Many parts of bill will improve judicature but absence of commitment to some fundamentals is mystifying.

The Judicature Modernisation Bill had its second reading last week. Somehow it has not led the news. I am not surprised. The significance of this bill, the most comprehensive revision of legislation covering the courts since 1908, is not immediately apparent.

It is, though, legislation of constitutional significance. The courts this bill will reform trace their existence back to one of the colony's first parliamentary acts in 1841, and beyond that to the sovereign's courts in England.

Without an independent and impartial judiciary we could not call ourselves a democracy. The continued existence of such a judiciary is at the heart of this bill. Commerce could not operate without trustworthy courts. Without an independent judiciary citizens would find themselves at the whim of the executive.

Many measures in the bill, which is based on a Law Commission report (then further major work by the Ministry of Justice and the justice and electoral select committee), achieve welcome rationalisation and will improve the operation of courts. But concerns remain.

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The last major reform of our court structure was the creation of a Supreme Court by the Supreme Court Act 2003. Consistent with that act's constitutional significance Parliament included explicit commitments to the rule of law and parliamentary sovereignty. Those commitments were added by the then justice and electoral committee after extensive consultation and deliberation.

Those commitments, and a reference to the Treaty of Waitangi, were dropped in the first draft of the current bill. Submitters queried this odd omission at the select committee stage, but the committee did not re-insert the 2003 act's provisions, and in its seven-page report provided no explanation for not doing so.

This is mystifying. Why is New Zealand in 2015 shy of restating in legislative form a commitment to these constitutional fundamentals? Minister of Justice Amy Adams' curious explanation given in the second reading debate was that such provisions are constitutional in nature and therefore do not belong in this legislation.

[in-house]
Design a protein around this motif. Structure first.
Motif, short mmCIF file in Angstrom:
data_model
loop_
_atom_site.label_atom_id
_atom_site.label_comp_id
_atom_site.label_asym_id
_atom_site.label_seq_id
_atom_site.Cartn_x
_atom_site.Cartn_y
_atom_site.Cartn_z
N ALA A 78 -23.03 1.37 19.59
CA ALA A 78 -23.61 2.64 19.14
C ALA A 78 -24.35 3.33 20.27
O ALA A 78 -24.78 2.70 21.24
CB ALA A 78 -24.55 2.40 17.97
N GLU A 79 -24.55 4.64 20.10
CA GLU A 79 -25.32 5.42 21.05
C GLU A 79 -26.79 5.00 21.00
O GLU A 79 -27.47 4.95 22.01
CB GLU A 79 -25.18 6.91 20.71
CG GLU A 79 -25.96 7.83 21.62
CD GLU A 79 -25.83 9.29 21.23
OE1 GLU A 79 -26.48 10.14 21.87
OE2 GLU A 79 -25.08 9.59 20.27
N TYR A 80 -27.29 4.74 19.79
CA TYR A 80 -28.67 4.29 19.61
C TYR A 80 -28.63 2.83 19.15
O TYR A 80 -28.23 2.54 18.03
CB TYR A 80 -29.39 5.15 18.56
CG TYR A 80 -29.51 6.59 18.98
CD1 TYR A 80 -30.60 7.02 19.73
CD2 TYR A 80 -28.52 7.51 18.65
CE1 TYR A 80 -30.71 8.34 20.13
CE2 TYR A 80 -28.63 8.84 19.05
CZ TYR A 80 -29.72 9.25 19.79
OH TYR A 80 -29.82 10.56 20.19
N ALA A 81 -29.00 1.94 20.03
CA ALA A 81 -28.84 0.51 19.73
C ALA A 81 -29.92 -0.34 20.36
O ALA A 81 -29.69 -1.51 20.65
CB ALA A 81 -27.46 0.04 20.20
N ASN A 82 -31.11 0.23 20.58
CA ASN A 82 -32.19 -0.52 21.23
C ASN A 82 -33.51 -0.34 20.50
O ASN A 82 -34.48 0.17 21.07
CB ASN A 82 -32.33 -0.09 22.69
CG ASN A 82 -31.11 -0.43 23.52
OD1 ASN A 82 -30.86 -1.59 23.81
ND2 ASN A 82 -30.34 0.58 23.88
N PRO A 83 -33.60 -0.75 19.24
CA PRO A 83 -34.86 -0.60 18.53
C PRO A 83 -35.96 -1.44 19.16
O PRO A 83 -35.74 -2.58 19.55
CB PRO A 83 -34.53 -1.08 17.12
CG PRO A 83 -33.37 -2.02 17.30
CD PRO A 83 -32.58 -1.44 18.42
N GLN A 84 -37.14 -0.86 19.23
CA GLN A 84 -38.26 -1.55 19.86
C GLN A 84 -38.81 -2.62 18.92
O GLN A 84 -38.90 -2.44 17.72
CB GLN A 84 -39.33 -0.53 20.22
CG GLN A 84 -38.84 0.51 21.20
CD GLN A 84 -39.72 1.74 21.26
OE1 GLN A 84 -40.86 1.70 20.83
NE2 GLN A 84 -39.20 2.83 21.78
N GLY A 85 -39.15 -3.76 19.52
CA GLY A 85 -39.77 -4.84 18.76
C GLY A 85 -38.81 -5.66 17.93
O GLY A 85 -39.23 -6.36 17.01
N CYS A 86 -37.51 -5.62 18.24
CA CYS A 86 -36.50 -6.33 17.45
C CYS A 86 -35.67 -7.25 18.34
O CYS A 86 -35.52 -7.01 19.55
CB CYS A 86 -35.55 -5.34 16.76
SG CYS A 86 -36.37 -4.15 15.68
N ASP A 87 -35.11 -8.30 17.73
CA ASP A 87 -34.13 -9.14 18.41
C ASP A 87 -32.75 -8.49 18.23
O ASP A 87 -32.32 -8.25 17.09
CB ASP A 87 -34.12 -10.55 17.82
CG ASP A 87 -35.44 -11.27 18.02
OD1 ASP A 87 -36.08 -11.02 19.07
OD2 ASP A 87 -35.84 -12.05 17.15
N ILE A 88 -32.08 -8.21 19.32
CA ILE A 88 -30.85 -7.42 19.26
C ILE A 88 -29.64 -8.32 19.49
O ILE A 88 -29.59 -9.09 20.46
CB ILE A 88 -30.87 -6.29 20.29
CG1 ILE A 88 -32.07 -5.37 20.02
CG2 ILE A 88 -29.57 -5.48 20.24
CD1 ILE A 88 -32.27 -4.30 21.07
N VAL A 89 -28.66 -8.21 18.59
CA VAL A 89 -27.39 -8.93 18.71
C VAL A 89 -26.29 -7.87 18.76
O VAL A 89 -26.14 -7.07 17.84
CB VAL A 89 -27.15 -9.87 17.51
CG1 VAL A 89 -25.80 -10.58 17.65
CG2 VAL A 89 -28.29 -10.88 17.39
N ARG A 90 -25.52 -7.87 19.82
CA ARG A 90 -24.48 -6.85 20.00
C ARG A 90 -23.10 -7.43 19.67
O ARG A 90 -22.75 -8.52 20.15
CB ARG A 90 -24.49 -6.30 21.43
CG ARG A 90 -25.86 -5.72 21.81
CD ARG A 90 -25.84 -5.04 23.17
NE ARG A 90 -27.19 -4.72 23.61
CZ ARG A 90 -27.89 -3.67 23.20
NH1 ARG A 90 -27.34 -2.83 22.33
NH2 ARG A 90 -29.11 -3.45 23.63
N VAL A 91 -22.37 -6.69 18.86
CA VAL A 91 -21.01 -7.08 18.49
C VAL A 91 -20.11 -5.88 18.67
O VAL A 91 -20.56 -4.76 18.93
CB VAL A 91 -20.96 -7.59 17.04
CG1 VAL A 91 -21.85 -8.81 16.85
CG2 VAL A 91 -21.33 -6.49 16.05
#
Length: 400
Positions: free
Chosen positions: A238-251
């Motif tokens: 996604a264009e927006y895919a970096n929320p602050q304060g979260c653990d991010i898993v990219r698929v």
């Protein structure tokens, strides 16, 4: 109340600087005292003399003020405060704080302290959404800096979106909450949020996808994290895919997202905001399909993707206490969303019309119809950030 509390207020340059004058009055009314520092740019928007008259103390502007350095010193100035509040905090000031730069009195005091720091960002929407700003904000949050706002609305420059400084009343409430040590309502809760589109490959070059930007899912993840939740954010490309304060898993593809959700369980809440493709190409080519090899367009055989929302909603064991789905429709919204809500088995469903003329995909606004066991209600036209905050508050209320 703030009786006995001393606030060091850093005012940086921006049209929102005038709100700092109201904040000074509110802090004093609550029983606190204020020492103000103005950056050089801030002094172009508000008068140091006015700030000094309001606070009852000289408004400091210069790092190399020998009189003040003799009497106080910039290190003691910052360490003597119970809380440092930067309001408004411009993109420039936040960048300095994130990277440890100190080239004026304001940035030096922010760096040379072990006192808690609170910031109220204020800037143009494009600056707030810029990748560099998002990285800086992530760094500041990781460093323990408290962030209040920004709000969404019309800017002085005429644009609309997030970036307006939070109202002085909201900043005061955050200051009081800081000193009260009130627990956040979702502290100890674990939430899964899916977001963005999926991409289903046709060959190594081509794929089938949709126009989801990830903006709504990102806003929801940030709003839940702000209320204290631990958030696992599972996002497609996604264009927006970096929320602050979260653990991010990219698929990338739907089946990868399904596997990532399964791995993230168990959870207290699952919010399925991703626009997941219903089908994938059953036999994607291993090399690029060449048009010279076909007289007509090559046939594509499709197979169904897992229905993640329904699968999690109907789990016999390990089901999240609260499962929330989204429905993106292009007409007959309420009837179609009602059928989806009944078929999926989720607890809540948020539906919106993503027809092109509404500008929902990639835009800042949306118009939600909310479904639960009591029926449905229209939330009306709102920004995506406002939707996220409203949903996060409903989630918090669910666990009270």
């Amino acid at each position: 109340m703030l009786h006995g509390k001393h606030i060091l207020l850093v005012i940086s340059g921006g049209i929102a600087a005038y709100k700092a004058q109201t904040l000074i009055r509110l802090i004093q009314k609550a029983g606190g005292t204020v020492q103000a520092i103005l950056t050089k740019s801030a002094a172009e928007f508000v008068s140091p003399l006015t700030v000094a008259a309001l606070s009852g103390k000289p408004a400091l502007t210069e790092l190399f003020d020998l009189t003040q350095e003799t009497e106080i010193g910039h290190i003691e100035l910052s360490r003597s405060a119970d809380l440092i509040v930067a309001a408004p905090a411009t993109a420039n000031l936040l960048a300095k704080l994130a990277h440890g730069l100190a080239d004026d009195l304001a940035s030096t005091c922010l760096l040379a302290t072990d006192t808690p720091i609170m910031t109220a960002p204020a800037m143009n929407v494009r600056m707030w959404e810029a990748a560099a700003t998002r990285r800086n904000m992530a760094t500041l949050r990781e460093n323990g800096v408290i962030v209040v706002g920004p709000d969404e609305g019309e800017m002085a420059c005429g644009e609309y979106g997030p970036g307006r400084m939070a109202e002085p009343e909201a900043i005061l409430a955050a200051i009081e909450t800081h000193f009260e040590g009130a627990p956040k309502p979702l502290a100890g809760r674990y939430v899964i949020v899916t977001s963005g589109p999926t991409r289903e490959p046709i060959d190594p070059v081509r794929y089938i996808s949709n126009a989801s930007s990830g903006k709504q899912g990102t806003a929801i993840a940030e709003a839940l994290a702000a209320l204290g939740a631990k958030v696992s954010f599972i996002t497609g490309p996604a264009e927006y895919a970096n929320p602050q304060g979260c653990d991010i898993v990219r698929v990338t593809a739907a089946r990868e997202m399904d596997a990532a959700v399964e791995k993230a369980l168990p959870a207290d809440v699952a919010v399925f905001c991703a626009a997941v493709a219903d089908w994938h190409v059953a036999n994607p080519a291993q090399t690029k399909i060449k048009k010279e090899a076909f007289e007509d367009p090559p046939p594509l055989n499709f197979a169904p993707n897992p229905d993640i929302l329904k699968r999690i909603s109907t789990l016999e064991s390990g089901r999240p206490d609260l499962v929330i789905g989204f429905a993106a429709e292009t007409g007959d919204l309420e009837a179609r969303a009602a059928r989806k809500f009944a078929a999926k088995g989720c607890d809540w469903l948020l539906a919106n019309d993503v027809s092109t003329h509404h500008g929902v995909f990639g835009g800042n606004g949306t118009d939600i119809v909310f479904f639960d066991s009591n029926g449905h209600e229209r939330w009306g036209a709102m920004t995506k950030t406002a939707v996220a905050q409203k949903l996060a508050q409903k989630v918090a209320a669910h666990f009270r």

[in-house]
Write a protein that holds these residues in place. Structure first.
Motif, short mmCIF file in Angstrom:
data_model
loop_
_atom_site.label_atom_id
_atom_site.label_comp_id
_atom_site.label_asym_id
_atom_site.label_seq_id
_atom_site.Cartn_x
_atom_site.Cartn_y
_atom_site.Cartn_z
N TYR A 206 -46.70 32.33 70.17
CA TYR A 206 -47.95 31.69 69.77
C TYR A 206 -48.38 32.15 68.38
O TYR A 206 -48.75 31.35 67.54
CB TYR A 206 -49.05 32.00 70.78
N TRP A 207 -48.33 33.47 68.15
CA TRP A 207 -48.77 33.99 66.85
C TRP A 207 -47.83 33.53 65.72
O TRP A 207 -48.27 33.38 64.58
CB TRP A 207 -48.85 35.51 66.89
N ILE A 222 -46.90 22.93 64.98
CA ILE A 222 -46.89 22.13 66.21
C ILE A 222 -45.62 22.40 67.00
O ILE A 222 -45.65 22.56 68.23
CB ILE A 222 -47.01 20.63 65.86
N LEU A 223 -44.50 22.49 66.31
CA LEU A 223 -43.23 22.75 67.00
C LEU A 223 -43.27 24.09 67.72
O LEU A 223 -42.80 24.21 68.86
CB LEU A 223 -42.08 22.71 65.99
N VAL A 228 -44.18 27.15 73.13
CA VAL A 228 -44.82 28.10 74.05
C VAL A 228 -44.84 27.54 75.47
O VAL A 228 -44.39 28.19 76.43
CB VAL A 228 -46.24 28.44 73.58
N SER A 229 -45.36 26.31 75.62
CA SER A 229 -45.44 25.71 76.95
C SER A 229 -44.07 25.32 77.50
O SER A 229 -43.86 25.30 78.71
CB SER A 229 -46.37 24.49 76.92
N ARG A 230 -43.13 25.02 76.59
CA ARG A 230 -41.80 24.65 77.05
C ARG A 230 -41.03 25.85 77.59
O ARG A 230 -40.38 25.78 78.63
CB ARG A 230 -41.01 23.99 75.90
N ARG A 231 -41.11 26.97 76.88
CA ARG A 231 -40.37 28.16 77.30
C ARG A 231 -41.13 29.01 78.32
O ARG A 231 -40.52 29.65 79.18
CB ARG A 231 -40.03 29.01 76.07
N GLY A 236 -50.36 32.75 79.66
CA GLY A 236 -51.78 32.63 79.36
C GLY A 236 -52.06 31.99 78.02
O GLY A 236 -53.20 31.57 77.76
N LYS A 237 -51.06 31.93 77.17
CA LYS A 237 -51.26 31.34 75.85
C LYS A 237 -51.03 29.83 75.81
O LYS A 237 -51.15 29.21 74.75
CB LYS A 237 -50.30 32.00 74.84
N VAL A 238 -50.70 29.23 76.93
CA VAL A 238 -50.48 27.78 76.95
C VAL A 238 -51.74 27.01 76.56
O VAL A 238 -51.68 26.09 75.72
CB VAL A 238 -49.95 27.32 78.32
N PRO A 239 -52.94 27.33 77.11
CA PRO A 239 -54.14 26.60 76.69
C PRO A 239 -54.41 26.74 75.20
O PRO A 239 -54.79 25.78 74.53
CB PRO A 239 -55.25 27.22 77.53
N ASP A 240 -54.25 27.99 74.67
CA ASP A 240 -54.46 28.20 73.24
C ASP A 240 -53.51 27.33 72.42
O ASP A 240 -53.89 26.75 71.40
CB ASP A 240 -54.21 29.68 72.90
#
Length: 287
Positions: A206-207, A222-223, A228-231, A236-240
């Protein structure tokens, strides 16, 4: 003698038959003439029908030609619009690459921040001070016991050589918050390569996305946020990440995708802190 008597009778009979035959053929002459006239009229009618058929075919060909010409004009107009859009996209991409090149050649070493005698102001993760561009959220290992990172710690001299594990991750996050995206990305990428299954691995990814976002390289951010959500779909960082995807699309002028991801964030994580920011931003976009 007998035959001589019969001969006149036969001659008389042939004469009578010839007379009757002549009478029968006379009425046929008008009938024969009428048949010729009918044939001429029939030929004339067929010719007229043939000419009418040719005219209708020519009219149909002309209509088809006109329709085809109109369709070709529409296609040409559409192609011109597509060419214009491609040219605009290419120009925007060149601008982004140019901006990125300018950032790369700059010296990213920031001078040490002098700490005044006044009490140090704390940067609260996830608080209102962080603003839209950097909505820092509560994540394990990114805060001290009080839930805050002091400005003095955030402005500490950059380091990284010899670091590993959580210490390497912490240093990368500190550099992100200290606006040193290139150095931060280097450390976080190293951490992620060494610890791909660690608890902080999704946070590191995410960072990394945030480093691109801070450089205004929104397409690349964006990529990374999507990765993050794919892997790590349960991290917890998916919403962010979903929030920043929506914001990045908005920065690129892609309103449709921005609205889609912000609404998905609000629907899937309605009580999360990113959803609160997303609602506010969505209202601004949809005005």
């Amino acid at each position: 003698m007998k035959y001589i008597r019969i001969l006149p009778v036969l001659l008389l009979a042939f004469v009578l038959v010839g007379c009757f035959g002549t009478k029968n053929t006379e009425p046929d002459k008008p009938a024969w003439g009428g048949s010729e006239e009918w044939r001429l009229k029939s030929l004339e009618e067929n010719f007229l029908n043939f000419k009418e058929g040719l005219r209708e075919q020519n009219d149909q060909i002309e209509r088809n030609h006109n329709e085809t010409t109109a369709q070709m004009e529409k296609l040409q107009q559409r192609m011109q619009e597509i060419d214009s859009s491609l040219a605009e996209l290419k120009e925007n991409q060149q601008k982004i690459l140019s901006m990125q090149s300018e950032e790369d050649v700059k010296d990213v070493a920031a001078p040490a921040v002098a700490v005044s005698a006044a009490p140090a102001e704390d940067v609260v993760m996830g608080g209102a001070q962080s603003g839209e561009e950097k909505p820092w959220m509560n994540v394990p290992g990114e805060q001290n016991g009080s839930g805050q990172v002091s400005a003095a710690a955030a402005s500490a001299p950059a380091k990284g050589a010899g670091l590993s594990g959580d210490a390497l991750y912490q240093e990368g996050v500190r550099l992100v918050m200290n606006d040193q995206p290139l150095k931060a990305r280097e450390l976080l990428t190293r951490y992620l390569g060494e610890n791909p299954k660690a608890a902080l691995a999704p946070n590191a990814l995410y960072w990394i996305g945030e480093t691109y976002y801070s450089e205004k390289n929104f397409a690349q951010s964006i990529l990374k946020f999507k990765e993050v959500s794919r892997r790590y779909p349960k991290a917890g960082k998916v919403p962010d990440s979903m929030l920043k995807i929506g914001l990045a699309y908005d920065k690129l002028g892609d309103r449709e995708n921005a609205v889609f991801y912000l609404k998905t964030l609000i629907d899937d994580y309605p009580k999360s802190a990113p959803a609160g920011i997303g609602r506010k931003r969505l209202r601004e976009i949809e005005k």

She is right, they are constitutional in nature, but then this is a constitutional bill. The idea that the laws setting up a nation's courts are not constitutional would raise eyebrows in any other democratic country. In fact New Zealand is alone with the United Kingdom in not having the courts listed in an entrenched, codified constitution. And, if the commitments were appropriate in the Supreme Court Act, why are they not appropriate in the bill replacing that act?

This leads me to a related major concern about the bill - the failure to provide proper constitutional protection of the courts, at least on a par with the protections in the Electoral Act for regular elections (the requirement for regular free elections is essentially entrenched, with the core provisions requiring a 75 per cent majority or referendum approval before they can be modified or removed).

In my written and oral submissions, I made the case for giving an independent judiciary a similar level of protection. Regular free elections and an independent and impartial judiciary are two pillars of New Zealand democracy - Parliament has a chance in this act to make that clear.

My last point relates to the compulsory retirement age for judges of 70. Apart from being unjustified discrimination on the basis of age it is a terrible waste of a scarce resource: good judicial minds.

As life expectancies continue to rise, entirely able judges face a legislatively dictated sentence of senility on their 70th birthday. A first step would be to raise the age to 75, or to remove the retirement requirement entirely. There are more rational ways to deal with the possibility of judges needing to leave the bench for medical reasons than simply requiring all to retire at 70 regardless of health.

While this quietly important bill may not make front page news, it touches on institutions - the courts - of importance to us all. There remains time for Parliament to amend it to stand with credit for a further 100 years.

Dr Richard Cornes is a New Zealand-trained lawyer at England's Essex University and a visiting fellow at Otago University's Centre for Legal Issues. The bill is to reach committee stage today.